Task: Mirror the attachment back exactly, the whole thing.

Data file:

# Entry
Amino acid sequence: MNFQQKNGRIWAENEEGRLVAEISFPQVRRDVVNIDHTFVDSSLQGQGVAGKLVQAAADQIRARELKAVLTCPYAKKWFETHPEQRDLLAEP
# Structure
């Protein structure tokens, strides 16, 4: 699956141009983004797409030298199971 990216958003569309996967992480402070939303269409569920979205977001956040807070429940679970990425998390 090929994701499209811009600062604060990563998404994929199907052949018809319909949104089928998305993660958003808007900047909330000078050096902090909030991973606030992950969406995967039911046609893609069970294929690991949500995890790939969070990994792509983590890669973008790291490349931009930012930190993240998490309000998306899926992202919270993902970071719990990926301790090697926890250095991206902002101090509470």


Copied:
# Entry
Amino acid sequence: MNFQQKNGRIWAENEEGRLVAEISFPQVRRDVVNIDHTFVDSSLQGQGVAGKLVQAAADQIRARELKAVLTCPYAKKWFETHPEQRDLLAEP
# Structure
């Protein structure tokens, strides 16, 4: 699956141009983004797409030298199971 990216958003569309996967992480402070939303269409569920979205977001956040807070429940679970990425998390 090929994701499209811009600062604060990563998404994929199907052949018809319909949104089928998305993660958003808007900047909330000078050096902090909030991973606030992950969406995967039911046609893609069970294929690991949500995890790939969070990994792509983590890669973008790291490349931009930012930190993240998490309000998306899926992202919270993902970071719990990926301790090697926890250095991206902002101090509470």